Report: Massive flaws in Kabul embassy security

Meet the untrained, unvetted, non-English speaking Nepalese contractors guarding the U.S. embassy in Kabul

Topics: Afghanistan, War Room, Military contractors,

Report: Massive flaws in Kabul embassy securityArmorGroup personnel party in Kabul, in a picture released by a government watchdog group in 2009.

As President Obama’s war in Afghanistan continues to not be an issue in the midterm elections, the latest reminder of the grim situation over there comes in the form of a blistering State Department Inspector General report on the private security contractors at the Kabul embassy.

It was contractors with the company ArmorGroup, remember, who were accused in 2009 of maintaining a “Lord of the Flies environment” at the embassy (there was also the now famous picture of a vodka butt-shot. ArmorGroup, which is owned by UK-based private security giant G4S, is the subject of the just-released 50-page State Department IG report

From the report’s key findings:

  • The Kabul Embassy Security Force (KESF), provided through a contract with ArmorGroup of North America (AGNA), has ensured the safety of chief of mission personnel in [ArmorGroup] has employed Nepalese guards without verifiable experience, training, or background investigations in violation of its contract.
  • [ArmorGroup] cannot account for 101 U.S. Government-furnished weapons that have been missing since 2007. [ArmorGroup] used U.S. Government-furnished weapons for training rather than required contractor-furnished weapons.
  • Several weaknesses were found in canine explosives detection testing procedures carried out by [ArmorGroup's] subcontractor, including failure to test for all scents required by the contract, use of expired and potentially contaminated materials, and explosives storage problems that may lead to cross-contamination.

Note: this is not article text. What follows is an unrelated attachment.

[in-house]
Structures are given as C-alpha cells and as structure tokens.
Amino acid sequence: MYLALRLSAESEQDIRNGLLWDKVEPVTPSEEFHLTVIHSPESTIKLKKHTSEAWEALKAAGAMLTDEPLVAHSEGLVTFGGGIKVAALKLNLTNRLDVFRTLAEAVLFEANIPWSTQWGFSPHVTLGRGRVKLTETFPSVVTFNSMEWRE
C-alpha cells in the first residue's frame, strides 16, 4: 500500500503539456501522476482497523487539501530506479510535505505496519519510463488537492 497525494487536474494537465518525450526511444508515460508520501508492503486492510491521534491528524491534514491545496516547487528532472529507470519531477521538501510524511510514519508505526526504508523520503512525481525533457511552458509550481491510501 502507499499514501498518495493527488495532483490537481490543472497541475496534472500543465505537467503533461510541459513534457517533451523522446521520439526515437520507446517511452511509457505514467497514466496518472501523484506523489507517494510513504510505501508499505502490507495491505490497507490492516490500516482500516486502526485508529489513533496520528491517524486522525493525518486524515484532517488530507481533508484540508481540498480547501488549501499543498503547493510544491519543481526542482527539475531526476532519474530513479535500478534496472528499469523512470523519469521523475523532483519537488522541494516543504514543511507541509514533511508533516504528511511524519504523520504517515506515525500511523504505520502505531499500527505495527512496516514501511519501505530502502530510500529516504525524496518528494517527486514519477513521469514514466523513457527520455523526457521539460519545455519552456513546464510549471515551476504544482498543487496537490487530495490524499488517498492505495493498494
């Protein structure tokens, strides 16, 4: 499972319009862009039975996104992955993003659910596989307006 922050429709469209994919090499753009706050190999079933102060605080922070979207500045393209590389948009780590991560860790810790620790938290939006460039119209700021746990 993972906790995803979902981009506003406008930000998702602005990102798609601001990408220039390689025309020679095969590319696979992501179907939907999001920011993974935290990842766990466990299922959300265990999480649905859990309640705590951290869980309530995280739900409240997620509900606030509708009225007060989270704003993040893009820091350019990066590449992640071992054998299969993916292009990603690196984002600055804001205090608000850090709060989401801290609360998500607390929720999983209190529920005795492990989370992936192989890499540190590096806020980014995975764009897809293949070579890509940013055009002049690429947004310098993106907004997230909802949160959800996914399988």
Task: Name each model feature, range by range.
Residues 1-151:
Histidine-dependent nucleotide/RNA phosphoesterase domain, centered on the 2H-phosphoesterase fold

• The Bureau of Diplomatic Security (DS) did not thoroughly scrutinize Nepalese guards hired by AGNA, allowing guards without experience, training, or background investigations to perform security duty.
  • DS did not verify that Nepalese guards met contractually required English language proficiency levels; some guards did not have required levels of proficiency.
  • When [ArmorGroup] could not acquire a sample of a certain explosive to test canines, DS changed the contract standards so that the canines would not be have to be tested to detect this particular explosive, which is available in Afghanistan.


For this caliber of work, ArmorGroup was on a $190 million contract, awarded in 2007. The company’s guard force at the embassy number 400 men, who were “primarily” from Nepal. Another as-yet unspecified firm is set to take over the work this year, according to the IG report.

G4S, the parent company of ArmorGroup, did not immediately respond to a request for comment.

There’s a lot more of interest in the report — dig in:

 

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Justin Elliott is a reporter for ProPublica. You can follow him on Twitter @ElliottJustin

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